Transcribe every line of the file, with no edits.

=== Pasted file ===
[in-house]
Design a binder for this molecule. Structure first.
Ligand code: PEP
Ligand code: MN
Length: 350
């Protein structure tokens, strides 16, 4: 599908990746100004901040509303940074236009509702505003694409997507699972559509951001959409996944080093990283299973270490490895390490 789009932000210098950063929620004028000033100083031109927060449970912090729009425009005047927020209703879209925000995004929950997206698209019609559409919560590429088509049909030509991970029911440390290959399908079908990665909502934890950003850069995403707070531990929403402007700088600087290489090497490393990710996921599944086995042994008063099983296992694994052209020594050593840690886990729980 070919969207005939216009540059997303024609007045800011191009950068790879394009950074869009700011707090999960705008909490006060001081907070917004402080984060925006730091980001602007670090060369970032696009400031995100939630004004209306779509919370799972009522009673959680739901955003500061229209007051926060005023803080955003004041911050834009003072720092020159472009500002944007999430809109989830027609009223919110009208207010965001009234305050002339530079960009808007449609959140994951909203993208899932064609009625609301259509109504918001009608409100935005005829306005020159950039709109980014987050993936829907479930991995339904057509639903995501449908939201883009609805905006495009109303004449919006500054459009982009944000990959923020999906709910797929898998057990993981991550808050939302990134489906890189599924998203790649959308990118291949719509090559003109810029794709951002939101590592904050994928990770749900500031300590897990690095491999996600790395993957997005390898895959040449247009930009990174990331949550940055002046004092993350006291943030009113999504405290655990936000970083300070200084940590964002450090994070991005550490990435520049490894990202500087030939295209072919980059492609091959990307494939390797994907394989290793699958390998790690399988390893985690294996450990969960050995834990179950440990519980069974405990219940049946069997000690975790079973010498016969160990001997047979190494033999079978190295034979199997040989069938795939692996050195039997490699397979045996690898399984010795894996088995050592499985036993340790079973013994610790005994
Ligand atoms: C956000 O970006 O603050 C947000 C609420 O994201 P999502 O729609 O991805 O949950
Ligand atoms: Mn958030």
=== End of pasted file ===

[in-house]
Design a binder for this molecule. Structure first.
Ligand code: PEP
Ligand code: MN
Length: 350
């Protein structure tokens, strides 16, 4: 599908990746100004901040509303940074236009509702505003694409997507699972559509951001959409996944080093990283299973270490490895390490 789009932000210098950063929620004028000033100083031109927060449970912090729009425009005047927020209703879209925000995004929950997206698209019609559409919560590429088509049909030509991970029911440390290959399908079908990665909502934890950003850069995403707070531990929403402007700088600087290489090497490393990710996921599944086995042994008063099983296992694994052209020594050593840690886990729980 070919969207005939216009540059997303024609007045800011191009950068790879394009950074869009700011707090999960705008909490006060001081907070917004402080984060925006730091980001602007670090060369970032696009400031995100939630004004209306779509919370799972009522009673959680739901955003500061229209007051926060005023803080955003004041911050834009003072720092020159472009500002944007999430809109989830027609009223919110009208207010965001009234305050002339530079960009808007449609959140994951909203993208899932064609009625609301259509109504918001009608409100935005005829306005020159950039709109980014987050993936829907479930991995339904057509639903995501449908939201883009609805905006495009109303004449919006500054459009982009944000990959923020999906709910797929898998057990993981991550808050939302990134489906890189599924998203790649959308990118291949719509090559003109810029794709951002939101590592904050994928990770749900500031300590897990690095491999996600790395993957997005390898895959040449247009930009990174990331949550940055002046004092993350006291943030009113999504405290655990936000970083300070200084940590964002450090994070991005550490990435520049490894990202500087030939295209072919980059492609091959990307494939390797994907394989290793699958390998790690399988390893985690294996450990969960050995834990179950440990519980069974405990219940049946069997000690975790079973010498016969160990001997047979190494033999079978190295034979199997040989069938795939692996050195039997490699397979045996690898399984010795894996088995050592499985036993340790079973013994610790005994
Ligand atoms: C956000 O970006 O603050 C947000 C609420 O994201 P999502 O729609 O991805 O949950
Ligand atoms: Mn958030």